Joined
·
341 Posts
Mine banged once when I took the car to the car wash and drove it straight home and put it on the drive overnight with the handbrake hard on. Next time I went to the car wash on the way back I pulled the handbrake up on the move with nobody behind and dabbed the brakes a lot and following day no problem. I think disc brakes on cars like the i10 on the rear are a bit of a problem because they don't get much of the braking effort. My last car a 1.4 Corsa had drum brakes on the rear never a problem, but after a car wash there was some rubbing noises from the brakes for a the first couple of stops. Previous car to that I had a Smart Forfour with rear disc brakes and there were numerous complaints on the forum ten years ago of rear pads fusing to discs including one in eastern Europe who could not release the brakes at all and had to strip them down and hammer the pads off. I see if I wash any car I've had with disc brakes the cast iron gets surface rust almost while I'm looking at it.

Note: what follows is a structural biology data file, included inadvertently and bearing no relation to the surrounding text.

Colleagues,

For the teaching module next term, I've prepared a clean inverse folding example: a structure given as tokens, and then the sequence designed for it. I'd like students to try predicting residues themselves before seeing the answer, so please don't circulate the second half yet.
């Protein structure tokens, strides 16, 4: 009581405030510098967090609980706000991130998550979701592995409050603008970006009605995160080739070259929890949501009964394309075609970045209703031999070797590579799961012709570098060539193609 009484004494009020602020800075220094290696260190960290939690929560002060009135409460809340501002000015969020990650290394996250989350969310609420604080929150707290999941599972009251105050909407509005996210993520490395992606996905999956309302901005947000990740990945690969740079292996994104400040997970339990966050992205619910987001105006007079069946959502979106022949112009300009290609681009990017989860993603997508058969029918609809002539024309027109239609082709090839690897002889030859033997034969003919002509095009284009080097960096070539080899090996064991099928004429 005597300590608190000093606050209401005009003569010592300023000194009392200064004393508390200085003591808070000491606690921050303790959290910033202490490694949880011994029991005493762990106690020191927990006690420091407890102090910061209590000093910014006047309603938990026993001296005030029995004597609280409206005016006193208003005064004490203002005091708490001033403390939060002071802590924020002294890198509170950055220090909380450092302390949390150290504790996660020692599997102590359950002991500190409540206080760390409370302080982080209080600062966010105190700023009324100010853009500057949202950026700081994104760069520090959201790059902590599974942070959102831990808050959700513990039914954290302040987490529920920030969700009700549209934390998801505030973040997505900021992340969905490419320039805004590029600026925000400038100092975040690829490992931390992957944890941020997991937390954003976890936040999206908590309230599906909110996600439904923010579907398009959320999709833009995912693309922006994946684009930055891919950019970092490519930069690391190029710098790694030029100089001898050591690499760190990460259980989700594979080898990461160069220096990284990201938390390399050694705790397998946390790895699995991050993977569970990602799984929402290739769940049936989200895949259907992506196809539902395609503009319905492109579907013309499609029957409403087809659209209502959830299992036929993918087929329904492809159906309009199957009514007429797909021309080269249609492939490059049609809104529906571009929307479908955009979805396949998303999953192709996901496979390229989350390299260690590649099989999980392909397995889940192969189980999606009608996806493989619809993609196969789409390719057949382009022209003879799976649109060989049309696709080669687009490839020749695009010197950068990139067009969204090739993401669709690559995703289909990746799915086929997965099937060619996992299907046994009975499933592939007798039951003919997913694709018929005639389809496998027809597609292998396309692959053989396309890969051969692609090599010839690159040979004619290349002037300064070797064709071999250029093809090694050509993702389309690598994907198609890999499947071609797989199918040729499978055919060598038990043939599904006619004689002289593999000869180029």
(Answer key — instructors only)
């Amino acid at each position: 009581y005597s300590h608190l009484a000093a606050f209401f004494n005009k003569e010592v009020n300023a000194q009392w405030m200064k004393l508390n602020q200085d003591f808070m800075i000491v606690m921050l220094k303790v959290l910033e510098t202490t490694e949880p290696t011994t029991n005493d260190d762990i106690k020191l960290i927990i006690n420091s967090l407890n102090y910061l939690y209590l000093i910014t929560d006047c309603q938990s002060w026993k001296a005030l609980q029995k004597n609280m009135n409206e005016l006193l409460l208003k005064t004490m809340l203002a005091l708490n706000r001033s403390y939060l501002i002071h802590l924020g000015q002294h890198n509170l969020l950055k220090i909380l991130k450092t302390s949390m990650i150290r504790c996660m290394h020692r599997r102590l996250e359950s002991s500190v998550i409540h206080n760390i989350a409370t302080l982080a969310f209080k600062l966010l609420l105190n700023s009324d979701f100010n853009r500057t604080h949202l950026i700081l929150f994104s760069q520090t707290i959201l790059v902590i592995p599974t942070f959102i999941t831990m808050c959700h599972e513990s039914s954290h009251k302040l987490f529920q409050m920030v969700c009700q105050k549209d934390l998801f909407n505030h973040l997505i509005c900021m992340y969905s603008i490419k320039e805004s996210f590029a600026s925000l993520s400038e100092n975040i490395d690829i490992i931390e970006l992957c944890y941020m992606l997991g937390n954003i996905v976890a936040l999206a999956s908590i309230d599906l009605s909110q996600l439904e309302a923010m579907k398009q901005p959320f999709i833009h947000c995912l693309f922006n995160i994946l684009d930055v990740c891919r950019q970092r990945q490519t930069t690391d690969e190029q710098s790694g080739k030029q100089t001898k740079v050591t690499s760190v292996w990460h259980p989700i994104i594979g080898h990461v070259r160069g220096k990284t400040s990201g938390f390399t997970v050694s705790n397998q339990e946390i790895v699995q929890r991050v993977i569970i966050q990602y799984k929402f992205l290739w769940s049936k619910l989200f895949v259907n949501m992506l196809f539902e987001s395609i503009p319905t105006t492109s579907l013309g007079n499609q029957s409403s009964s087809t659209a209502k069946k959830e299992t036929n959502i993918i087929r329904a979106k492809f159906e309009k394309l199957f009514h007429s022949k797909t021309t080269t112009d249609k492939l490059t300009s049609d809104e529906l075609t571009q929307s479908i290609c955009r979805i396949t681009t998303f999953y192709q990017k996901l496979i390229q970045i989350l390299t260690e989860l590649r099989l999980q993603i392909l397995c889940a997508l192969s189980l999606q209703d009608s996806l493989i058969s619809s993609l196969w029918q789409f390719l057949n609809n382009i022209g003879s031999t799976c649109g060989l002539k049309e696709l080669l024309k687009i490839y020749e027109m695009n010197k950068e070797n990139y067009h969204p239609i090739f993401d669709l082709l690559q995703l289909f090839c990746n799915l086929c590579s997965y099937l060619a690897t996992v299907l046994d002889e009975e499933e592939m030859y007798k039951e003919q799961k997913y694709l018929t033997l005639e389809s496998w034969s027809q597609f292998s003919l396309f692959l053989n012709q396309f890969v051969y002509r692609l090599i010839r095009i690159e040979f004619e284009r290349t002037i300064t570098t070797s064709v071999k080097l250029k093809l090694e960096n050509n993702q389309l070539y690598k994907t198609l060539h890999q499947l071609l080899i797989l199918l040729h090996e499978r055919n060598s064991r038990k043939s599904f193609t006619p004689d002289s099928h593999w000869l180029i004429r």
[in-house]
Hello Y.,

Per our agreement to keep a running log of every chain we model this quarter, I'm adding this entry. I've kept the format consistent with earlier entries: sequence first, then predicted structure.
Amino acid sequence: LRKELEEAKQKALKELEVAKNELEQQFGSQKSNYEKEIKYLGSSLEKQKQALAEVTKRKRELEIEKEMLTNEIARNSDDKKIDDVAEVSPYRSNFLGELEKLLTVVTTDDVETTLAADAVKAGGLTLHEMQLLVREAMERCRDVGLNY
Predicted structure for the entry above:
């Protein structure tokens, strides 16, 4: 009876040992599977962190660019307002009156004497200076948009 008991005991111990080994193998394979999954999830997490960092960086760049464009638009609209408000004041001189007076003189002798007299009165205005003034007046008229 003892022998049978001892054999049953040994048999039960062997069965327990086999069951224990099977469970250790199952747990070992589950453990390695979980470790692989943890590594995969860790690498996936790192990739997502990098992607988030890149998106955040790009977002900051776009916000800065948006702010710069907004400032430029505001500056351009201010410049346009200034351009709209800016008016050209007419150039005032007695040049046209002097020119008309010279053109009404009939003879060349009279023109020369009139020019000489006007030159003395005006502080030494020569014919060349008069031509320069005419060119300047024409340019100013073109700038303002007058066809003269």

I see Hyundai noting a small number of complaints and changing the compound, but as they don't normally give a full warranty on brake components I would probably have gone to an aftermarket outlet anyway if the pads had worn out and there are scores of pad types out there. Of course if I'd bought this car from the main dealer and the brakes were jamming on yes I would kick up, but they're not and if they were this forum would be full of people screaming about a problem. The worst experience seems to be with owners who either do low mileage or have other vehicles and leave their i10 idle outside.
Since buying an i10 the forums have been dead as a doornail and it must be because the car is keeping it's owners fairly happy. Certainly other forums like Vauxhall have scores of people moaning about scores of problems. People tend to be on forums to whinge more than anything. I'm glad things are kicking off here it's nice to get opinions on things and hopefully life will remain trouble free.
As a last point it seems to be the dealerships that determine whether Hyundai gets a fair press or not. I think fisjon you got fobbed off a lot by the dealership and it took you three years to get replacements as goodwill by eventually kicking off with Hyundai and taking it further. Some dealerships are only interested in shifting cars and taking money and it not always the manufacturers fault. My local outfit seem to get good reviews and although I've only had the car three months it's absolutely cracking.
 
1 - 20 of 119 Posts
Top